We're hitting over 50% success in the last year for frozen embryo transfers with frozen eggs. This is one of the reasons that in 99% of our cycles we only put one embryo back to reduce the risks of multiple pregnancies because freezing embryos is not a compromise.

Do you have experience with high sperm DNA fragmentation being an issue when using frozen donor eggs versus fresh ones?

We don’t see a significant difference between fresh and frozen eggs, but we look at every patient individually and we try to mould the treatment for them. So for example, if we have a patient with high DNA fragmentation, then there are ways that we can work around it, either with how we prepare the sperm or with the way that we're injecting the sperm into the egg to ensure that we have lower DNA fragmentation and a low percentage of oxidative stress.

Does transporting eggs affect success rates?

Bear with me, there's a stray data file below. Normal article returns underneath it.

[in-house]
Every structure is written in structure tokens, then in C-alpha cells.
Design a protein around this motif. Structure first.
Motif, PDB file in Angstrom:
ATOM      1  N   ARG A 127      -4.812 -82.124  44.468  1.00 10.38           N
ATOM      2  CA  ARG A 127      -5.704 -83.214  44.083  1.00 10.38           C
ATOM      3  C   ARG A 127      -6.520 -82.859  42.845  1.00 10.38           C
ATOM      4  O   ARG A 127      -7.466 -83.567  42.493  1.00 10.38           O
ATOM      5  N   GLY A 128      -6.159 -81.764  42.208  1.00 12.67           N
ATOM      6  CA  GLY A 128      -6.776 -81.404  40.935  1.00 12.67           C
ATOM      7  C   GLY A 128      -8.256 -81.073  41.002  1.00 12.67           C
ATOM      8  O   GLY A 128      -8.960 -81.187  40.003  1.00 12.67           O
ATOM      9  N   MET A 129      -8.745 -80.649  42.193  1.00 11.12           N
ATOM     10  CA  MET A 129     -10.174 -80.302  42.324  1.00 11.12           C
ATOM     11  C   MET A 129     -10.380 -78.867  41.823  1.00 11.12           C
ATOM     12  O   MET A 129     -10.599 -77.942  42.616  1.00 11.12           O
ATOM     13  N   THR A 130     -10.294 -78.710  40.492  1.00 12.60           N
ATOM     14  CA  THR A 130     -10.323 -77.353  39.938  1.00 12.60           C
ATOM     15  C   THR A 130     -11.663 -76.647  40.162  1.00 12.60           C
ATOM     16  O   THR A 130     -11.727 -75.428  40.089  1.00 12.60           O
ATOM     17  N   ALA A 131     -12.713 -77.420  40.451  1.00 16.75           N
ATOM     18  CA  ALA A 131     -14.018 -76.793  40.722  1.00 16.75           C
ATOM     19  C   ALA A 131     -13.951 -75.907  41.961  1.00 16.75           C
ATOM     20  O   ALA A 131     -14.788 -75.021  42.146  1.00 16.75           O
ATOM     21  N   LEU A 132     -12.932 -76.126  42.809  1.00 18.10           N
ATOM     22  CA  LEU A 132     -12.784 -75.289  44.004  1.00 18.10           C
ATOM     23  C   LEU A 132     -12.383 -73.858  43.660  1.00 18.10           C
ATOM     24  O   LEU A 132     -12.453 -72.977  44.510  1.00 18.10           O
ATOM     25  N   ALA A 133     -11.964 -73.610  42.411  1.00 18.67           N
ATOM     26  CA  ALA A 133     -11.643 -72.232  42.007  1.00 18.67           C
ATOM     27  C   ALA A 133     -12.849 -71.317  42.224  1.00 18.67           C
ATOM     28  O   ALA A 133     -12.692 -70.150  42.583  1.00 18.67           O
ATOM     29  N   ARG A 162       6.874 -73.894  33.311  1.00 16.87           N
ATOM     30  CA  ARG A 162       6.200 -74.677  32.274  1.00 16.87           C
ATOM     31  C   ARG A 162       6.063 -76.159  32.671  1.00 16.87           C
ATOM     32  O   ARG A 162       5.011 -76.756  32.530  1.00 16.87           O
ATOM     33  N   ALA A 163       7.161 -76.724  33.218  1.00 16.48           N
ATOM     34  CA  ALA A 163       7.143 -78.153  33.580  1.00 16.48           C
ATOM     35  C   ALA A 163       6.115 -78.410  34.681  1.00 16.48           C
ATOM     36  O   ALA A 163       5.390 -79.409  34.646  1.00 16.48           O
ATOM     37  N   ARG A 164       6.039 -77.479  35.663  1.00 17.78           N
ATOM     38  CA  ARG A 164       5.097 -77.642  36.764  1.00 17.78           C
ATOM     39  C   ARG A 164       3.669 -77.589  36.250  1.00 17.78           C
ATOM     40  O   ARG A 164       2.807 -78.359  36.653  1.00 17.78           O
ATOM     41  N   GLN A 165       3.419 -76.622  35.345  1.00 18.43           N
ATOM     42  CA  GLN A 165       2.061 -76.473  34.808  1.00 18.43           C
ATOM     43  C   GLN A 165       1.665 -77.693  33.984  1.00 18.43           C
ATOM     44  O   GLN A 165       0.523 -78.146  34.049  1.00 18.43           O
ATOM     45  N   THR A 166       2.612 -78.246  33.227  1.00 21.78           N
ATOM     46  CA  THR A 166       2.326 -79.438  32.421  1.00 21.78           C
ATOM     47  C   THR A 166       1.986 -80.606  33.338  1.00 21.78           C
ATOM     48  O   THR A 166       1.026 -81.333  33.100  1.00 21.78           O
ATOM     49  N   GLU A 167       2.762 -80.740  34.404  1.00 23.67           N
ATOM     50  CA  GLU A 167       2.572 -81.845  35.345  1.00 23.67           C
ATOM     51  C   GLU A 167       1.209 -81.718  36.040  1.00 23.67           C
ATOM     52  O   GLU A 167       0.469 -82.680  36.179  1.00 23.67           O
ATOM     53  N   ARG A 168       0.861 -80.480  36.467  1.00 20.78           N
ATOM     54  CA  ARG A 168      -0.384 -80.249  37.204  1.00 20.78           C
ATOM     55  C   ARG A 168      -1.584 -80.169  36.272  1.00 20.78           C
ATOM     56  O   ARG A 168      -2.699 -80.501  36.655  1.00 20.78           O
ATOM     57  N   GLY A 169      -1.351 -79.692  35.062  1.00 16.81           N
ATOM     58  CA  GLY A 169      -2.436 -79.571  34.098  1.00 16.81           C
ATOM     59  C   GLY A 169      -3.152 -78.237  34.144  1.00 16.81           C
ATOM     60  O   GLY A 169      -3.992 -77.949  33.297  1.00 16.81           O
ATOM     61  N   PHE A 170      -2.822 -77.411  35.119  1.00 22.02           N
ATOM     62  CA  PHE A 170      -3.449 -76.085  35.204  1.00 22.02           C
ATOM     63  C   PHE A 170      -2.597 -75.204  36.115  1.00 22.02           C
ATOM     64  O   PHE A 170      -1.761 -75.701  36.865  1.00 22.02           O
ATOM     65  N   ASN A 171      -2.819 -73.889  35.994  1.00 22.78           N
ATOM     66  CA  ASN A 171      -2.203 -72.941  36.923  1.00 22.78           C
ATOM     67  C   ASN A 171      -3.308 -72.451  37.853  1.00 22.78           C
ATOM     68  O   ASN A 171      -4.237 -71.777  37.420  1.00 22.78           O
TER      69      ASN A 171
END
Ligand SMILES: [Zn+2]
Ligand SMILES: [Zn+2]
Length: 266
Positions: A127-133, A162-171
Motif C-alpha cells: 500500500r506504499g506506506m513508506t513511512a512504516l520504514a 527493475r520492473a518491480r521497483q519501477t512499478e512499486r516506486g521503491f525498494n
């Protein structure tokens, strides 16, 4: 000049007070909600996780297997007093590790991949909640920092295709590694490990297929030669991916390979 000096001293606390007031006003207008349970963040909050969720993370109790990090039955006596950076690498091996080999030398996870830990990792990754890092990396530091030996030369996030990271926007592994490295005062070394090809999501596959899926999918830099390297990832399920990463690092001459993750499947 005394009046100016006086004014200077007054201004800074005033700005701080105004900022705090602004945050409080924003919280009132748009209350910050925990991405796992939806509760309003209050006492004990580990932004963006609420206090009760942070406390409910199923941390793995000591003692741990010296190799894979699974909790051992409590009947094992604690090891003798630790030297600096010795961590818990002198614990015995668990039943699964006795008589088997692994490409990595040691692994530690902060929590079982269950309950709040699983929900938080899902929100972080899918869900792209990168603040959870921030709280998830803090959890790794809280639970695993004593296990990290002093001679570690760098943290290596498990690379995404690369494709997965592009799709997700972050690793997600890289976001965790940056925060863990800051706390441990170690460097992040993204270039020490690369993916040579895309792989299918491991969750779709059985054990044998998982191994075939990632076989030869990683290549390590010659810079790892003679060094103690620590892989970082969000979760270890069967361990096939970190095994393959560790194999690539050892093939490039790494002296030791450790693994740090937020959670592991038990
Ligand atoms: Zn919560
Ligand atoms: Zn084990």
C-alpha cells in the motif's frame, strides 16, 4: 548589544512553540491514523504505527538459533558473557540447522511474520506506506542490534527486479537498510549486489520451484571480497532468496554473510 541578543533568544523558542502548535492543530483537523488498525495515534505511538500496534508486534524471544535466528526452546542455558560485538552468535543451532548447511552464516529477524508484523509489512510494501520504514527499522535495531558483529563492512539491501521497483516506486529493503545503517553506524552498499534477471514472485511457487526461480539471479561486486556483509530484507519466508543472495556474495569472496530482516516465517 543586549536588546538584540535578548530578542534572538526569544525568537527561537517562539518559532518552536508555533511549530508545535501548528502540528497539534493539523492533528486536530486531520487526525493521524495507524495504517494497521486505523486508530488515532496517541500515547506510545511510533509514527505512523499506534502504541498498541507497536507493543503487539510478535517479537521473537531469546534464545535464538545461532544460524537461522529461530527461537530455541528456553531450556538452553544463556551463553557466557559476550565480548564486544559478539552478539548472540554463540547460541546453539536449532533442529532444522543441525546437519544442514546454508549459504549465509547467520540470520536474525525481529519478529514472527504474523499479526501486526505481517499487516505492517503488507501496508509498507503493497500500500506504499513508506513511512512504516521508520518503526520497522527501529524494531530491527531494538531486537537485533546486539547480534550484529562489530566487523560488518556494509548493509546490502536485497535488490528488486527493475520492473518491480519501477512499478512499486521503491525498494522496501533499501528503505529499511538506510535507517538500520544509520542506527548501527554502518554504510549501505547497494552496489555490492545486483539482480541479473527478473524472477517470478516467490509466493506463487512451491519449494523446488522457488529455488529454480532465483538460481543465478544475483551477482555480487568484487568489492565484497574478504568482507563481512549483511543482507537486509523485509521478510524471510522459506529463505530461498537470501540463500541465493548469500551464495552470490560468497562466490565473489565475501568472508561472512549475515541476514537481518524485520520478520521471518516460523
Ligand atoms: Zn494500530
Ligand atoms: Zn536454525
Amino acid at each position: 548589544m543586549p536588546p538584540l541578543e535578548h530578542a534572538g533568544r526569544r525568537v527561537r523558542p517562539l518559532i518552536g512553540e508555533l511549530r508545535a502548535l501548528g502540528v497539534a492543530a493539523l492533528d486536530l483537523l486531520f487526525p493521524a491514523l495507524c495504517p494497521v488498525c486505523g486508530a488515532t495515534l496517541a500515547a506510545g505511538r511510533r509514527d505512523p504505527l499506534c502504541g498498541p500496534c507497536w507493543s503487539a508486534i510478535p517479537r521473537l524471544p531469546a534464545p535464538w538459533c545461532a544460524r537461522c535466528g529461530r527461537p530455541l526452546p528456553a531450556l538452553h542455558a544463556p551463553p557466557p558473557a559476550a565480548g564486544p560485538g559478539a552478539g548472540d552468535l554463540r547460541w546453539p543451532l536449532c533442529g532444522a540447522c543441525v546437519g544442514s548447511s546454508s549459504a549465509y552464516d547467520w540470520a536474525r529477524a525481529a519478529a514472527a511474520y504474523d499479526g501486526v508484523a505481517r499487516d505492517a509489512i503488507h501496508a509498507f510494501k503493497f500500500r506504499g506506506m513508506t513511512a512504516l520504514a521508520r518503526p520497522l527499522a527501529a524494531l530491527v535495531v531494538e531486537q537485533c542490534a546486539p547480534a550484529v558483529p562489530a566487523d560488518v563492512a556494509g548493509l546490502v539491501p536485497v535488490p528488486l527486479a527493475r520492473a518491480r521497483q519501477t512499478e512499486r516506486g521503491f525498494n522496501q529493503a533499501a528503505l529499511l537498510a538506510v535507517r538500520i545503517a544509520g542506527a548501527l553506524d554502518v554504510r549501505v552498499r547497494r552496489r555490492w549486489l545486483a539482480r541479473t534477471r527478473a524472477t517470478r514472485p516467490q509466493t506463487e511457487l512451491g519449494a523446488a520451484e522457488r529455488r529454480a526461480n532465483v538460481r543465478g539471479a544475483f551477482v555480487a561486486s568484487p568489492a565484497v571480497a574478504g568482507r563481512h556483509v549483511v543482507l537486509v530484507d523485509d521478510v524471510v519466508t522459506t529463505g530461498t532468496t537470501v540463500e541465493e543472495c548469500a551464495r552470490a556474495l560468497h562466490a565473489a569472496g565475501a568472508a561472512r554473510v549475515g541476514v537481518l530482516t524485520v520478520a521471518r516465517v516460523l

Most of our donors are recruited in London or Cardiff and then eggs are shipped to the right location when needed. Transporting eggs doesn’t affect their viability because we’re experienced with both national and international transport, using the same protocols.

It's very important to note that when we do transport eggs we monitor them very closely, so that we know everything about how they’ve travelled, whether there was any difference in temperatures, and so on, which means that there should be no difference in the outcome.

Shalaja Nair

Shailaja Nair, Clinical Director

Dr Shailaja Nair is the Clinical Director and a founding member of London Egg Bank. She has more than 20 years' experience in fertility and assisted reproduction. Before joining London Women's Clinic, she worked in West London as an Associate Professor in a large teaching hospital and at the Cromwell IVF programme. Renowned for her passion, Dr Nair has extensive experience in all aspects of assisted conception, with a special focus on egg donation and cryobanking.

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Elena Linara- Demakakou, Lab Manager and Quality Lead

Elena has 10 years’ experience in embryology and is qualified in biomedical sciences, prenatal genetics and fetal medicine, and clinical embryology. Her interests span from oocyte and embryo vitrification, prenatal genetics, and quality management, and she has gained valuable decade-long experience in intrauterine insemination. Before joining London Women's Clinic she worked as an embryologist, andrologist and as Deputy Sperm Bank manager.